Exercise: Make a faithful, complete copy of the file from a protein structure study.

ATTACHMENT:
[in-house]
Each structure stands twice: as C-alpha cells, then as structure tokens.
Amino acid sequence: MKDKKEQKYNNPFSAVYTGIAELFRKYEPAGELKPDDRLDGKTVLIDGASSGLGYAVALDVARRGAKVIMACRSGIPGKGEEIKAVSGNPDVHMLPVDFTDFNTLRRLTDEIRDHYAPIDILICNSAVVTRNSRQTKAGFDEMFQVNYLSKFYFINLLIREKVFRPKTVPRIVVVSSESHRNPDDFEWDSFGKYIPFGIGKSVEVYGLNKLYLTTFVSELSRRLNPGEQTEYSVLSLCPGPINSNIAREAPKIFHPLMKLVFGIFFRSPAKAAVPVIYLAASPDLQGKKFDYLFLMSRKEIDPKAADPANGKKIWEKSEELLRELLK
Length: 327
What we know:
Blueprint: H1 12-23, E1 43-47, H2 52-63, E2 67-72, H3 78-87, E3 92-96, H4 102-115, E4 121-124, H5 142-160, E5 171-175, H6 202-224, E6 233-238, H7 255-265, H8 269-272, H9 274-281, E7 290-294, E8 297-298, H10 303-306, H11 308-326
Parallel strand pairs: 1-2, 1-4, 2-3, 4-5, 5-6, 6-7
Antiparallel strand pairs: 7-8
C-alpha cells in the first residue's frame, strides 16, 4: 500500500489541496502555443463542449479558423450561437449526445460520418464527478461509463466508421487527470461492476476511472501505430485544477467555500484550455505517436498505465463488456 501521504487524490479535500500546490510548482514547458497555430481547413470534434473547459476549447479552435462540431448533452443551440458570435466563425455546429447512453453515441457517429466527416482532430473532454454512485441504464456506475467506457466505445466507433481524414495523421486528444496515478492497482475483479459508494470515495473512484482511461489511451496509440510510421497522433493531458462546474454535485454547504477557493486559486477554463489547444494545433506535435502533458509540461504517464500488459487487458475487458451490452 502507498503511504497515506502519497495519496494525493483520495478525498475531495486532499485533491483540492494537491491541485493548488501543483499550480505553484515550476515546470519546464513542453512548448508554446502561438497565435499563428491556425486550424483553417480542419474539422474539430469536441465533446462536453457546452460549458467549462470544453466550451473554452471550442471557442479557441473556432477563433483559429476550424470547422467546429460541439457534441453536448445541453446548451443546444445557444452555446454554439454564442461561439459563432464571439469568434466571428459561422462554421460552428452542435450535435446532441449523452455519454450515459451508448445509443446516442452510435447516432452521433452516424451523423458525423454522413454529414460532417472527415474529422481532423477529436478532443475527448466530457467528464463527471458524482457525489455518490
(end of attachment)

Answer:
[in-house]
Each structure stands twice: as C-alpha cells, then as structure tokens.
Amino acid sequence: MKDKKEQKYNNPFSAVYTGIAELFRKYEPAGELKPDDRLDGKTVLIDGASSGLGYAVALDVARRGAKVIMACRSGIPGKGEEIKAVSGNPDVHMLPVDFTDFNTLRRLTDEIRDHYAPIDILICNSAVVTRNSRQTKAGFDEMFQVNYLSKFYFINLLIREKVFRPKTVPRIVVVSSESHRNPDDFEWDSFGKYIPFGIGKSVEVYGLNKLYLTTFVSELSRRLNPGEQTEYSVLSLCPGPINSNIAREAPKIFHPLMKLVFGIFFRSPAKAAVPVIYLAASPDLQGKKFDYLFLMSRKEIDPKAADPANGKKIWEKSEELLRELLK
Length: 327
What we know:
Blueprint: H1 12-23, E1 43-47, H2 52-63, E2 67-72, H3 78-87, E3 92-96, H4 102-115, E4 121-124, H5 142-160, E5 171-175, H6 202-224, E6 233-238, H7 255-265, H8 269-272, H9 274-281, E7 290-294, E8 297-298, H10 303-306, H11 308-326
Parallel strand pairs: 1-2, 1-4, 2-3, 4-5, 5-6, 6-7
Antiparallel strand pairs: 7-8
C-alpha cells in the first residue's frame, strides 16, 4: 500500500489541496502555443463542449479558423450561437449526445460520418464527478461509463466508421487527470461492476476511472501505430485544477467555500484550455505517436498505465463488456 501521504487524490479535500500546490510548482514547458497555430481547413470534434473547459476549447479552435462540431448533452443551440458570435466563425455546429447512453453515441457517429466527416482532430473532454454512485441504464456506475467506457466505445466507433481524414495523421486528444496515478492497482475483479459508494470515495473512484482511461489511451496509440510510421497522433493531458462546474454535485454547504477557493486559486477554463489547444494545433506535435502533458509540461504517464500488459487487458475487458451490452 502507498503511504497515506502519497495519496494525493483520495478525498475531495486532499485533491483540492494537491491541485493548488501543483499550480505553484515550476515546470519546464513542453512548448508554446502561438497565435499563428491556425486550424483553417480542419474539422474539430469536441465533446462536453457546452460549458467549462470544453466550451473554452471550442471557442479557441473556432477563433483559429476550424470547422467546429460541439457534441453536448445541453446548451443546444445557444452555446454554439454564442461561439459563432464571439469568434466571428459561422462554421460552428452542435450535435446532441449523452455519454450515459451508448445509443446516442452510435447516432452521433452516424451523423458525423454522413454529414460532417472527415474529422481532423477529436478532443475527448466530457467528464463527471458524482457525489455518490